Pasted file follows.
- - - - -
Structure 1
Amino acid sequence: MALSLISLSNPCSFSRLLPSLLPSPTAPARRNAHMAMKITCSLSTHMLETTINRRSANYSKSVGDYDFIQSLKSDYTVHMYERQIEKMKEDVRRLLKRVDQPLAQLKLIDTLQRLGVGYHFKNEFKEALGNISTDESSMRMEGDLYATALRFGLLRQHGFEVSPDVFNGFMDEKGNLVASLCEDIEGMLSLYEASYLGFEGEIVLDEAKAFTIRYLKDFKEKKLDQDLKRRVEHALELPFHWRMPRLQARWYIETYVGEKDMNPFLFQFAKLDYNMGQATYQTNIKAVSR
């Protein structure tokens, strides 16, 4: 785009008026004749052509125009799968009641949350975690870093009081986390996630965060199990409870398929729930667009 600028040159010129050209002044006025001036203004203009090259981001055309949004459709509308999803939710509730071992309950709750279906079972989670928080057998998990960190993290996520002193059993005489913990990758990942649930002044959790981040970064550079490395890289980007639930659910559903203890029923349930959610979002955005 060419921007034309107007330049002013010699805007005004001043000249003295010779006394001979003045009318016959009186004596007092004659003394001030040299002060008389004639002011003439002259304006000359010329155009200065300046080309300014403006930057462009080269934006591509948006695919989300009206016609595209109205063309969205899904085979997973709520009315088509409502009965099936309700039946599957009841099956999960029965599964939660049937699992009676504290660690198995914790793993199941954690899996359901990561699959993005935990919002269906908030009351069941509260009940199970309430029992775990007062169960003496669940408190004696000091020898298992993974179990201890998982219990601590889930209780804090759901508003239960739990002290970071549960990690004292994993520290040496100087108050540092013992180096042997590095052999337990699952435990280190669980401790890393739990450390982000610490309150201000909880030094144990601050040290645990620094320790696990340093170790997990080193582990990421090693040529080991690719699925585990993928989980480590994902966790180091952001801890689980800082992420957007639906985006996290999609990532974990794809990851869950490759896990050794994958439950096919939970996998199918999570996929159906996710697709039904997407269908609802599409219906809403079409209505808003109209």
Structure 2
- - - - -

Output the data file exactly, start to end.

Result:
Structure 1
Amino acid sequence: MALSLISLSNPCSFSRLLPSLLPSPTAPARRNAHMAMKITCSLSTHMLETTINRRSANYSKSVGDYDFIQSLKSDYTVHMYERQIEKMKEDVRRLLKRVDQPLAQLKLIDTLQRLGVGYHFKNEFKEALGNISTDESSMRMEGDLYATALRFGLLRQHGFEVSPDVFNGFMDEKGNLVASLCEDIEGMLSLYEASYLGFEGEIVLDEAKAFTIRYLKDFKEKKLDQDLKRRVEHALELPFHWRMPRLQARWYIETYVGEKDMNPFLFQFAKLDYNMGQATYQTNIKAVSR
């Protein structure tokens, strides 16, 4: 785009008026004749052509125009799968009641949350975690870093009081986390996630965060199990409870398929729930667009 600028040159010129050209002044006025001036203004203009090259981001055309949004459709509308999803939710509730071992309950709750279906079972989670928080057998998990960190993290996520002193059993005489913990990758990942649930002044959790981040970064550079490395890289980007639930659910559903203890029923349930959610979002955005 060419921007034309107007330049002013010699805007005004001043000249003295010779006394001979003045009318016959009186004596007092004659003394001030040299002060008389004639002011003439002259304006000359010329155009200065300046080309300014403006930057462009080269934006591509948006695919989300009206016609595209109205063309969205899904085979997973709520009315088509409502009965099936309700039946599957009841099956999960029965599964939660049937699992009676504290660690198995914790793993199941954690899996359901990561699959993005935990919002269906908030009351069941509260009940199970309430029992775990007062169960003496669940408190004696000091020898298992993974179990201890998982219990601590889930209780804090759901508003239960739990002290970071549960990690004292994993520290040496100087108050540092013992180096042997590095052999337990699952435990280190669980401790890393739990450390982000610490309150201000909880030094144990601050040290645990620094320790696990340093170790997990080193582990990421090693040529080991690719699925585990993928989980480590994902966790180091952001801890689980800082992420957007639906985006996290999609990532974990794809990851869950490759896990050794994958439950096919939970996998199918999570996929159906996710697709039904997407269908609802599409219906809403079409209505808003109209």
Structure 2